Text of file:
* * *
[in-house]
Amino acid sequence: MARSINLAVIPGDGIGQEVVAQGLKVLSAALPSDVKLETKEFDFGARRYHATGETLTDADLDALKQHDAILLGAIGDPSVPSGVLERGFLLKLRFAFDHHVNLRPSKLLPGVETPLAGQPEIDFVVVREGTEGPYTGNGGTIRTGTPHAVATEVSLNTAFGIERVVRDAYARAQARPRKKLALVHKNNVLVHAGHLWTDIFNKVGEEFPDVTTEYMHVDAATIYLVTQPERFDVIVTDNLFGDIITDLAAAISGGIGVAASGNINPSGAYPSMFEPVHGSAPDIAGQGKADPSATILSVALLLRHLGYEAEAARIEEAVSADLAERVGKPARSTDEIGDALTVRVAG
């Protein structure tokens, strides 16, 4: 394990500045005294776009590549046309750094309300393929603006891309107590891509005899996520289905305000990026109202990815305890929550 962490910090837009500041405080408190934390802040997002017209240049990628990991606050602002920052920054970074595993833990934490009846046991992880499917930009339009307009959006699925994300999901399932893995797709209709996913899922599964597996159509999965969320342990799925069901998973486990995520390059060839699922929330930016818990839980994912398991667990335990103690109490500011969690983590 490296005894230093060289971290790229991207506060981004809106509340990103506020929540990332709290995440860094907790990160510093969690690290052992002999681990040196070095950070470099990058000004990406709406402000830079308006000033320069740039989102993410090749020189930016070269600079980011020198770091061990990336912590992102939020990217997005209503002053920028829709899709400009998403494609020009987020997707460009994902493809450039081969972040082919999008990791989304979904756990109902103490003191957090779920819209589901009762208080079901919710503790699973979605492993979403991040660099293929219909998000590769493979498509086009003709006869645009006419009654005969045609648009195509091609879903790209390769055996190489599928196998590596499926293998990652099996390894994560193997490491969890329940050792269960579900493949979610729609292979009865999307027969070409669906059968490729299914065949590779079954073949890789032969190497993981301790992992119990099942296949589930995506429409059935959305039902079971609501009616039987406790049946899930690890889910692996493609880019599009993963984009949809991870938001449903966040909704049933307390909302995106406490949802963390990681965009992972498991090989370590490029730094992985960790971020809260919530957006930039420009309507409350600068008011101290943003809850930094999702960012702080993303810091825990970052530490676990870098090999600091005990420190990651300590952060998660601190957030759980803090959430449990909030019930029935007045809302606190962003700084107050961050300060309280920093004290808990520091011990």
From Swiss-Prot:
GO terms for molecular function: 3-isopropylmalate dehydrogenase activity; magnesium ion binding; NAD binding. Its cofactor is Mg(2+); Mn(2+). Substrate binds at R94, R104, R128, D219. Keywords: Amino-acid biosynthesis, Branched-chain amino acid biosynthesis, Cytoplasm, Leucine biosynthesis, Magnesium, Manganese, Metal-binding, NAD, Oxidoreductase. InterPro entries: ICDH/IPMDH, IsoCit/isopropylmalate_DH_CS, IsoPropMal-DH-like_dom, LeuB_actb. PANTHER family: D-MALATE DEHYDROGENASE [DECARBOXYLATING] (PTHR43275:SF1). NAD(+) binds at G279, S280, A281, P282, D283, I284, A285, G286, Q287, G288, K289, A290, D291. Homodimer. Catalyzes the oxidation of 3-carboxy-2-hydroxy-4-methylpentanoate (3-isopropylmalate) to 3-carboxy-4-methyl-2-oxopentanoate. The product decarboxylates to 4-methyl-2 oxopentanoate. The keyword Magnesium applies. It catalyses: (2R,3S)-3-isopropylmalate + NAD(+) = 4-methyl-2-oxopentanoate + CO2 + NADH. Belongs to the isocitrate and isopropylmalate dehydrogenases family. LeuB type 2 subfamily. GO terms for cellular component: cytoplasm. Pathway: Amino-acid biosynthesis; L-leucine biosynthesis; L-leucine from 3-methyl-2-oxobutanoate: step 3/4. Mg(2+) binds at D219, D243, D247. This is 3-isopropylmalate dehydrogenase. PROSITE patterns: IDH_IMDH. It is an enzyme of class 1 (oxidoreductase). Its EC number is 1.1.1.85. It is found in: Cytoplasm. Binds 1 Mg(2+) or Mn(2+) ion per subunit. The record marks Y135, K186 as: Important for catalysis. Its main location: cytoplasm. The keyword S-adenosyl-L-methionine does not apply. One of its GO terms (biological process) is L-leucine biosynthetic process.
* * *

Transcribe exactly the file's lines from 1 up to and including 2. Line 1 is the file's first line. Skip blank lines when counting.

[in-house]
Amino acid sequence: MARSINLAVIPGDGIGQEVVAQGLKVLSAALPSDVKLETKEFDFGARRYHATGETLTDADLDALKQHDAILLGAIGDPSVPSGVLERGFLLKLRFAFDHHVNLRPSKLLPGVETPLAGQPEIDFVVVREGTEGPYTGNGGTIRTGTPHAVATEVSLNTAFGIERVVRDAYARAQARPRKKLALVHKNNVLVHAGHLWTDIFNKVGEEFPDVTTEYMHVDAATIYLVTQPERFDVIVTDNLFGDIITDLAAAISGGIGVAASGNINPSGAYPSMFEPVHGSAPDIAGQGKADPSATILSVALLLRHLGYEAEAARIEEAVSADLAERVGKPARSTDEIGDALTVRVAG